Live: Emeralds Take Us Away at Glasslands


Tuesday, October 22

Better than: Unaccompanied daydreaming

A certain kind of music begs for a collective experience, one in which everyone in the room vibes together in harmony. Other music is more private, best experienced at home or walking around alone, wearing headphones. And then there are acts like Emeralds, the three-piece experimental band from Ohio. Live, they ride the line between public and private so closely you forget where you are. This was the case last night when each member of the band played a solo set at Glasslands.

Their respective sets combined for what was basically one long jam–true, breathing soundscapes, expertly crafted from the first synthesizer sound to the last. Emeralds electronics player Steve Hauschildt performed first. His instruments: a keyboard covered in knobs and a monolith sized effects box. Starting out mellow and ambient, the sound eventually turned harsh. After about 15 minutes, Hauschildt was finished. Next up, the band’s John Elliot, tonight going by the name Outer Space. Performing with his back to the audience for most of his set, Eliot bore through the room with vintage, analog synthesizers. His music, a bit more poppy than Hauschildt’s, favored mathematic rhythms and vintage Nintendo style notes.

Finally came Emeralds frontman (as much as three-piece noise acts ever have frontmen) Mark McGuire, a blonde guy who looks exactly like what you’d imagine an Ohio-born, corn-fed American to look like. But don’t let his t-shirt and baggy jeans and sneakers throw you. McGuire’s set was a 20-minute epic saga, a symphony in three movements. His best soundscapes build and build to the point of nearly breaking, and then suddenly and swiftly incorporate another element. McGuire is a loop master, layering movements on top of each other:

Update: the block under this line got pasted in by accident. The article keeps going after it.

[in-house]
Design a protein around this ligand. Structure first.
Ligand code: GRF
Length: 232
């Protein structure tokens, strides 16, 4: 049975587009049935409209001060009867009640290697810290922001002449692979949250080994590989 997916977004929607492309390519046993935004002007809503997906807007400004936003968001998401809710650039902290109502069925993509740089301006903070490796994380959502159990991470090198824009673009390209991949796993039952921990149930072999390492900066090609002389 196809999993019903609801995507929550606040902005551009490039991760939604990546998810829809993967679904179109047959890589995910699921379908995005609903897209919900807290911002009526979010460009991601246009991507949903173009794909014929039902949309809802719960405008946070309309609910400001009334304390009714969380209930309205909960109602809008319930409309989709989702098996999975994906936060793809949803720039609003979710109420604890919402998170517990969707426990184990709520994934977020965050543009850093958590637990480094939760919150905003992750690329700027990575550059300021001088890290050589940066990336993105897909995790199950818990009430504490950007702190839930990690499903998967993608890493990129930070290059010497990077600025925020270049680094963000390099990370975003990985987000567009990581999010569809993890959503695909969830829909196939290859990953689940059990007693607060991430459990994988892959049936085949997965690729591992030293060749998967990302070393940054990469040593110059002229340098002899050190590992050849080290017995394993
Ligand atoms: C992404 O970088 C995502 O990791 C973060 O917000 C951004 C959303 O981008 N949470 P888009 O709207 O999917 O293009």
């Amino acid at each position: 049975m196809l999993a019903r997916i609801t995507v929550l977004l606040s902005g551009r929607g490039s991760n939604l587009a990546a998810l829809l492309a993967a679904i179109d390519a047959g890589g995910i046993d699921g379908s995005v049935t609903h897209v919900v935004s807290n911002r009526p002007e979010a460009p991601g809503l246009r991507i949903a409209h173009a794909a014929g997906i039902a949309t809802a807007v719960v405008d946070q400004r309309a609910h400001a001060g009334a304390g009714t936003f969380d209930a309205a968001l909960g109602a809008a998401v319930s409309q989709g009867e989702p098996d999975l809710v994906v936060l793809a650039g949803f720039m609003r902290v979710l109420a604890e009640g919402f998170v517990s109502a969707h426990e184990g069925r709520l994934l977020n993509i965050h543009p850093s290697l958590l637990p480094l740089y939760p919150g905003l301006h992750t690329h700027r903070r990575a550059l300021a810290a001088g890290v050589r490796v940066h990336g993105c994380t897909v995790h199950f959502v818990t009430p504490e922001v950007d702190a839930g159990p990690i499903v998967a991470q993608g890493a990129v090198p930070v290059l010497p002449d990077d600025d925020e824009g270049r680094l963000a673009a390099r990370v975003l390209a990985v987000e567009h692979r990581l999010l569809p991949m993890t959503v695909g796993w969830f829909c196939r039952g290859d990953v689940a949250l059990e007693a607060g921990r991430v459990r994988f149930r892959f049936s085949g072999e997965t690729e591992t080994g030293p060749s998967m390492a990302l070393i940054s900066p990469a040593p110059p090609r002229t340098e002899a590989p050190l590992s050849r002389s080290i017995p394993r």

Movement I: Birds chirping underwater
Movement II: Pretty melody
Movement III: Monster guitar solo

Brooklynite Laurel Halo followed the Emeralds solo sets to close the show. Halo’s music is more dance-pop, with dark, low-end sonic sludge on top. Each song is a club hit under an awkward layer of self-consciousness. At the beginning of each song, Halo would drop a beat that made many in the room fist pump or throw their hands up–music as collective experience, all over again.

Overheard: “Look at her, [points to Laurel Halo], what a badass.”

Notebook Dump: One critic in the front was so into McGuire’s set he yelled at two chatty photographers to “take it someplace else.” Don’t harsh his vibes, man.

The scene: Psychedelic enthusiasts and wannabe Mark McGuires.